4) Continue for each individual that does not have the genotype written. Faithfully note the result of each coin toss. Even if the expected ratio of offspring genotypes is 1 Aa : 1 aa like in this example, if each time you tossed the coin for the father you came up with heads, that is A , write Aa for each offspring.

5) As you determine the genotype or after completing the genotype pedigree chart, fill in the phenotype pedigree chart appropriate for the trait noted on your genotype chart. For example, if your genotype chart looked like Figure 1b, and the trait was dominant, the phenotype charts would look like Figure 1c. On the other hand, if the trait was recessive, the phenotype chart would look like Figure 1d. 6) Produce a phenotype chart for your group, one for the instructor, and for each of the other groups in the class. Of course, all the phenotype charts from one group should be identical.

7) Keep the genotype chart and a copy of the phenotype chart for your group and distribute phenotype chart to each of the other groups

CLASS DISCUSSION

I instruct each group to look at their own phenotype chart and discuss within their group whether one can unambiguously decide whether the trait was a dominant, recessive, or sex-linked recessive. The challenge for the instructor is to provide genotype charts that result in unambiguous phenotype charts most of the time. One way to ensure that particular genotypes arise is to indicate the genotype for key individuals or have a cross to an individual with a particular genotype. Some examples of genotype charts I have used in class are given in Figure 3.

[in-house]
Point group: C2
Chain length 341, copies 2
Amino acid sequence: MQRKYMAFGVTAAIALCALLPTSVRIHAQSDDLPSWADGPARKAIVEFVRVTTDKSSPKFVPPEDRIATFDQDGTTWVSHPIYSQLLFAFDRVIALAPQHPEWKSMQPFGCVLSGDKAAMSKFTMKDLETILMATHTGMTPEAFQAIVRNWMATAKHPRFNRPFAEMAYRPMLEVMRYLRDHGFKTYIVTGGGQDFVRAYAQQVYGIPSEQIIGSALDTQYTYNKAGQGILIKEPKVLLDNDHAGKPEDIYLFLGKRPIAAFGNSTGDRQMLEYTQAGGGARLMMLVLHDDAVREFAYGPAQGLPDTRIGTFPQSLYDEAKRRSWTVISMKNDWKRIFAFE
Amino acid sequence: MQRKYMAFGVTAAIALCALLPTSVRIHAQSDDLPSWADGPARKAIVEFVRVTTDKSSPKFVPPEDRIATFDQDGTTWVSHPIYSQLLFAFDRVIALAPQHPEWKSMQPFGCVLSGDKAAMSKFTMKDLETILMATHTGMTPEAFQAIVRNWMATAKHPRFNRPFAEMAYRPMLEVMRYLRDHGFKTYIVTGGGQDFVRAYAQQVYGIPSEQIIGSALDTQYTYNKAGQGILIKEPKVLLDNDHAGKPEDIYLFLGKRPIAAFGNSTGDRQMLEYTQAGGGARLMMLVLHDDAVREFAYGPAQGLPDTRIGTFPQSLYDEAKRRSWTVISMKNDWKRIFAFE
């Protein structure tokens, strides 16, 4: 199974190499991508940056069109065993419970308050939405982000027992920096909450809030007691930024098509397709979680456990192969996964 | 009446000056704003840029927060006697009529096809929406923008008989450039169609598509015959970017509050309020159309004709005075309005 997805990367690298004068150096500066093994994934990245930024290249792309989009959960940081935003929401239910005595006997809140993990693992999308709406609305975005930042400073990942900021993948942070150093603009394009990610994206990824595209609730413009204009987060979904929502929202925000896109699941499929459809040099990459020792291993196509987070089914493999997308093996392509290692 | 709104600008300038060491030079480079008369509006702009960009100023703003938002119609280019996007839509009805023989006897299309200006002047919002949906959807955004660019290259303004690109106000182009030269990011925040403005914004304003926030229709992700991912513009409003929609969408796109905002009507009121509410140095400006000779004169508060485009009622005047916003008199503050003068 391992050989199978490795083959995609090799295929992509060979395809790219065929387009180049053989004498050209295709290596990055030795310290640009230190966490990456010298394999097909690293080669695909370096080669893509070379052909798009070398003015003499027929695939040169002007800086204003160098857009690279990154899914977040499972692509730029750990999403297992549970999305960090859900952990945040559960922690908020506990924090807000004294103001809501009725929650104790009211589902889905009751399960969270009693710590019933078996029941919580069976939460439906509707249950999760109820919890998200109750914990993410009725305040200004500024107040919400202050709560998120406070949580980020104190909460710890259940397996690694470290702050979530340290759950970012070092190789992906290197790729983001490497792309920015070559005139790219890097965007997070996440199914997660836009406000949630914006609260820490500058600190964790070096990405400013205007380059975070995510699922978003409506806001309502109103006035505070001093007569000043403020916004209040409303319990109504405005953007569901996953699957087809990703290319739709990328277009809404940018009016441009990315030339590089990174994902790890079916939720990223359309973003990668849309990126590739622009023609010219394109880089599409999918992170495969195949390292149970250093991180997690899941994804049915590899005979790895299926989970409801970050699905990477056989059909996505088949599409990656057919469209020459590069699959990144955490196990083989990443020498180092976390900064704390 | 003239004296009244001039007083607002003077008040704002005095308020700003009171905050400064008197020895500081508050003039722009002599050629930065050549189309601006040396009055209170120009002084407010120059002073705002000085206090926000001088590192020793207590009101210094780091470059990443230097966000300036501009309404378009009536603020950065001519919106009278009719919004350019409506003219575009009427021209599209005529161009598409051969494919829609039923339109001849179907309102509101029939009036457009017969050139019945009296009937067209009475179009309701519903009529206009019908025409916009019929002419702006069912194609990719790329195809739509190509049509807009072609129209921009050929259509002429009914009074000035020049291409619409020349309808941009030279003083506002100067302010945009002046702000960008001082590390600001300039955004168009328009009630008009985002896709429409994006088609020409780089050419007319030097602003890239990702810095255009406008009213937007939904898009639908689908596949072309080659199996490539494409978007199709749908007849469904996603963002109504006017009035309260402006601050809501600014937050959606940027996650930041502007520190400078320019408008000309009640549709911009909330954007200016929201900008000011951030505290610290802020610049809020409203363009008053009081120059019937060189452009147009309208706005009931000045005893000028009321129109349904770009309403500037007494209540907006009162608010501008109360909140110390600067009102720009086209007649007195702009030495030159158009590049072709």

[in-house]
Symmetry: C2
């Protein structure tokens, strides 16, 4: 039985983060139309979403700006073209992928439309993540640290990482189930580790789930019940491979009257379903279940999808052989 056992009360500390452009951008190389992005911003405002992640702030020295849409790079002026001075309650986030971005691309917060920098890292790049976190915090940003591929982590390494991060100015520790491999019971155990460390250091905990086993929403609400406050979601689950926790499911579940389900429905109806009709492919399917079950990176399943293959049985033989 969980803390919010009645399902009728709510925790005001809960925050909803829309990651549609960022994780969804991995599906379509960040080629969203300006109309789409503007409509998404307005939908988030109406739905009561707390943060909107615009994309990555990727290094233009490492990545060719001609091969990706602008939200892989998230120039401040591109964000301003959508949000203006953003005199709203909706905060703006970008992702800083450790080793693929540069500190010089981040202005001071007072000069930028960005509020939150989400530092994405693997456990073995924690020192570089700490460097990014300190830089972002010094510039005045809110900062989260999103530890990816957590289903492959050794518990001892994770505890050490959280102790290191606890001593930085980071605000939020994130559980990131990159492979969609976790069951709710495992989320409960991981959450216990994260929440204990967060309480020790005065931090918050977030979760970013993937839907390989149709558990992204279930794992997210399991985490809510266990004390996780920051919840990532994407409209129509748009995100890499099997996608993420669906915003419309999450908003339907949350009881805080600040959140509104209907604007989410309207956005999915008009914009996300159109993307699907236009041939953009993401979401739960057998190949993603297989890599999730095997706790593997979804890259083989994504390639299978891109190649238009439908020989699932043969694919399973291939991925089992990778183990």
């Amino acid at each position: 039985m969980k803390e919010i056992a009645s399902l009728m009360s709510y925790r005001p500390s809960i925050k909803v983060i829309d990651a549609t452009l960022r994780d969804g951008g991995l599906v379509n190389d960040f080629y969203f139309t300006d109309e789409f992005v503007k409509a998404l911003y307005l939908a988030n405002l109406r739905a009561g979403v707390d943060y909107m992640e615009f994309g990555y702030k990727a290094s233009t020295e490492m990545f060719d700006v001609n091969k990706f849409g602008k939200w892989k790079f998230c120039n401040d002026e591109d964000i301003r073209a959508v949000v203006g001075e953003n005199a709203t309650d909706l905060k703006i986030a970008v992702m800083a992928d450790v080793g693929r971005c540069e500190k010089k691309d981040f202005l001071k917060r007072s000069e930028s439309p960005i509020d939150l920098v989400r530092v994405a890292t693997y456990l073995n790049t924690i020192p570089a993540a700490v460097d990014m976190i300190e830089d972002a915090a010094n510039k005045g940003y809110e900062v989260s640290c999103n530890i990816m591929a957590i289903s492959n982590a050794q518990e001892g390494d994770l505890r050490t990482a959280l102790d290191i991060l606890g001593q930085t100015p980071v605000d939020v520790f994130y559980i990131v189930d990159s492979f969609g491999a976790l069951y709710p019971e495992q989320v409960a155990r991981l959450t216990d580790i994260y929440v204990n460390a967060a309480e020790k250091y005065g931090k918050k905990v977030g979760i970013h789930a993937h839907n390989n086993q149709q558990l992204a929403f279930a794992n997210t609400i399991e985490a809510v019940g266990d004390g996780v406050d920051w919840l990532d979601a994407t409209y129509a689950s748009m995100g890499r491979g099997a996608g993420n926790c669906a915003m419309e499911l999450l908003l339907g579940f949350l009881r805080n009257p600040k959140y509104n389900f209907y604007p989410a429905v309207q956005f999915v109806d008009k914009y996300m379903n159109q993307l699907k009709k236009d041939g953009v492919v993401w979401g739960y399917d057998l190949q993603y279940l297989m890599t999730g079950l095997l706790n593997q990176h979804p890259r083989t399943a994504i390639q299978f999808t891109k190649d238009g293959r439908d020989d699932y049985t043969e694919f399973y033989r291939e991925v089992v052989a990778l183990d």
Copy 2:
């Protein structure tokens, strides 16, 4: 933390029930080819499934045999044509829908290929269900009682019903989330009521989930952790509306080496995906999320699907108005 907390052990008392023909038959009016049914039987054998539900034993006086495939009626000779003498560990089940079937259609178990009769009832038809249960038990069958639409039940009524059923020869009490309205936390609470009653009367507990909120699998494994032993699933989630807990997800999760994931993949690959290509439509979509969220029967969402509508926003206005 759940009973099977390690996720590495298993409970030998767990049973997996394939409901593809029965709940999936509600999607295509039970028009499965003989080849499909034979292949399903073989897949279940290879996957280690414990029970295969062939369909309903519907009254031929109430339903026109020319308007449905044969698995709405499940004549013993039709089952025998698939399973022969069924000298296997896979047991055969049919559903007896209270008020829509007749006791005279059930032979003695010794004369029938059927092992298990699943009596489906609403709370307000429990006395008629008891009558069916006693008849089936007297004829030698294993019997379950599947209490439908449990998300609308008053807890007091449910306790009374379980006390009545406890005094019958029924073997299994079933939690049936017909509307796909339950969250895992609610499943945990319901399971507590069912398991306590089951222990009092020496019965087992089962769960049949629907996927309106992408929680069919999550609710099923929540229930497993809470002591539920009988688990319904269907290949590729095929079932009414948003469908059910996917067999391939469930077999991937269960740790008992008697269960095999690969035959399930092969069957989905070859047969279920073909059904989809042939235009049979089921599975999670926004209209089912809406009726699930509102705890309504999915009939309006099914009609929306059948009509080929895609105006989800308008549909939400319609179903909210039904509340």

It is useful to have a variety of genotype charts, some with many offspring, others with more generations, and others with combinations of these. One may choose to have a genotype chart that often results in ambiguous phenotype chart, since it is important that students recognize that pedigrees can be ambiguous. In those cases in which the resulting pedigree is ambiguous, I instruct the students to write the genotypes consistent with the alternative.

Once the group has finished analyzing their own phenotype chart, they can then discuss the phenotype charts of other groups. The challenge here is to determine the genetic rules by which such a phenotype chart can result. Depending on the number of groups, I allow greater time for group discussion. This group discussion time among students is valuable for learning and should not be hastened.

While students are doing this, I reproduce each of the phenotype charts on an overhead transparency that I have prepared before class of each blank phenotype chart. This is also the time for the instructor to check on the phenotype chart, first to ensure that it can result from the assigned genotype, and second to determine whether the phenotype chart unambiguously indicates one type of trait.